I walked to the bathroom, and there was the third problem. I had to pee in front of a male policeman. I stood with my back facing him as he watched. He insulted me with slurs while the rest of them laughed at me. I really tried to pee but I just couldn’t. My anxiety was through the roof and their patience was wearing thin. One of the policemen threatened to beat me up while making violent gestures right in my face. He also threatened to throw me in lockup which scared the hell out of me.

I’ve read enough to know that trans women don’t fare well in prison. They were discussing if they could throw me in jail just for being me and wearing what I was wearing. “Unfortunately, she was in a private place and she didn’t resist arrest, so we can’t throw her in jail,” one lady replied.

I was humiliated.

The people who were at the party with me were people whom I had just met, and they had heard every single derogatory term hurled at me and watched as I was threatened violently. I felt less than human. I wanted to scream. I wanted to cry. I wanted to die. I begged and begged for more water only to be told to drink from the tap or from the bucket of water in the bathroom. I couldn’t believe my ears. Were these people really the police? How could they treat people this way? I was trying my very best to cooperate! Everyone else had been cleared and my hopes were slowly fading. I did my best to prepare myself for the worst. I was already hyperventilating at this point and ready to pass out at any second, what with the slurs and threats.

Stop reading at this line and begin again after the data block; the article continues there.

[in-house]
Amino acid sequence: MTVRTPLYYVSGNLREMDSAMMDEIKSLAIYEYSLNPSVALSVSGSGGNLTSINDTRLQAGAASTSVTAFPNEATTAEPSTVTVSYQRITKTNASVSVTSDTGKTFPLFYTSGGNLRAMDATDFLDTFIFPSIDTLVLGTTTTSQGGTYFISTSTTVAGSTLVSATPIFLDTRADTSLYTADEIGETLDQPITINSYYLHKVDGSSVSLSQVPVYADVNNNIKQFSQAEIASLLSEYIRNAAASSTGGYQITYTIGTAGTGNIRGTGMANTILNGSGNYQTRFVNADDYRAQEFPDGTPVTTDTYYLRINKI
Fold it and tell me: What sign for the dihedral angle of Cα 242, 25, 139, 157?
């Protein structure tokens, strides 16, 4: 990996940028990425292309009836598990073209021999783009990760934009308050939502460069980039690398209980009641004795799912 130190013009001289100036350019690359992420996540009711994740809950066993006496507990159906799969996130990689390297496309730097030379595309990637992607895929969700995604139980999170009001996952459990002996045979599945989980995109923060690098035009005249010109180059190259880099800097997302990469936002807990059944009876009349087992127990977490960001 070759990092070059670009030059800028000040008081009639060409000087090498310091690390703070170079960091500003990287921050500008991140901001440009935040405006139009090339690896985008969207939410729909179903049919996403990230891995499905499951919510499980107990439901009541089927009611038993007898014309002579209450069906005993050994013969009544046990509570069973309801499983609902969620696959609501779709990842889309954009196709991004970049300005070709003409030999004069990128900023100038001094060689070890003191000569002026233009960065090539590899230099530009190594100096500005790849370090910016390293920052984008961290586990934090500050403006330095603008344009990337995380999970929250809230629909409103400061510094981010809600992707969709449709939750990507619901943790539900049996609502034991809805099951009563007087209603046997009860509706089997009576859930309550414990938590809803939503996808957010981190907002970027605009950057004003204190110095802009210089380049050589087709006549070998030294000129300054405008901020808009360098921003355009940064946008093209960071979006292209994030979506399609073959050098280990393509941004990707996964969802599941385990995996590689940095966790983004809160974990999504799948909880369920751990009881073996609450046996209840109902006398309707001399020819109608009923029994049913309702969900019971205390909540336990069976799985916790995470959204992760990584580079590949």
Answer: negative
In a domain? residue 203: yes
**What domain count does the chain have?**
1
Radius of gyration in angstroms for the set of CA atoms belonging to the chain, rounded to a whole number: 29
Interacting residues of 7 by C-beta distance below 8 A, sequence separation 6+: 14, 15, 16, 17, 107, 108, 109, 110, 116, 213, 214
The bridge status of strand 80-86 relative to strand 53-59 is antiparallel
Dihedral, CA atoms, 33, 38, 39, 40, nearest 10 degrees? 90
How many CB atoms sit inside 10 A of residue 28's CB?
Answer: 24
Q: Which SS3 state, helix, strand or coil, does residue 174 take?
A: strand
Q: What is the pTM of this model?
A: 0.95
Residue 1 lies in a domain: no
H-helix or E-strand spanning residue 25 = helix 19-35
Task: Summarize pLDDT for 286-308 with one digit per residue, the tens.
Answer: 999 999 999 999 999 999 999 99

It was then that my friends, who are prominent LGBT activists in Malaysia, showed up. I had used my phone to send them a location earlier, before it was confiscated, and they had managed to find the closest police precinct and found me. They convinced the police to let them give me water and the police finally agreed. A big bottle of water was given to me and not long after I managed to pee. When the results came, the two police officers exchanged looks. She shrugged her shoulders as if to say, “well, what can we do?”

I was clean.

I got out of there as fast as I could, my whole body shaking. I was in shock till the next day, when the tears finally came. For the next few weeks, I found myself unable to sleep or eat and I was constantly anxious. I would see flashes of what had happened whenever I closed my eyes. I talked till I couldn’t talk about it anymore and cried until there were no more tears. I felt like my world had come crashing down and for weeks after I would not get my life back in order. My room was a mess, my affairs in chaos and my studies took a hit. I felt like the world was not real anymore. My reality and everything I knew had been disrupted, leaving me with a broken dystopian version which made me feel like a freak. I felt like my humanity had been stripped away.

This was one of the hardest things I’ve ever had to recover and heal from. The worst part of it all is that there would be no way to hold the police accountable for their actions. No means of recourse. They did whatever they wanted, however they pleased, with no standard operating procedures and that left me broken, angry and filled with hatred. I had to deal with these emotions with no outlet to vent and move on from my trauma. These people didn’t care, they had no training in gender sensitivity and no basic common decency – they were just agents of an oppressive system who got off on abusing their power. This is the same system that degrades and abuses trans people, making us more vulnerable to attacks, abuse and worse.

In Malaysia, I have no validity. I’m not allowed to exist.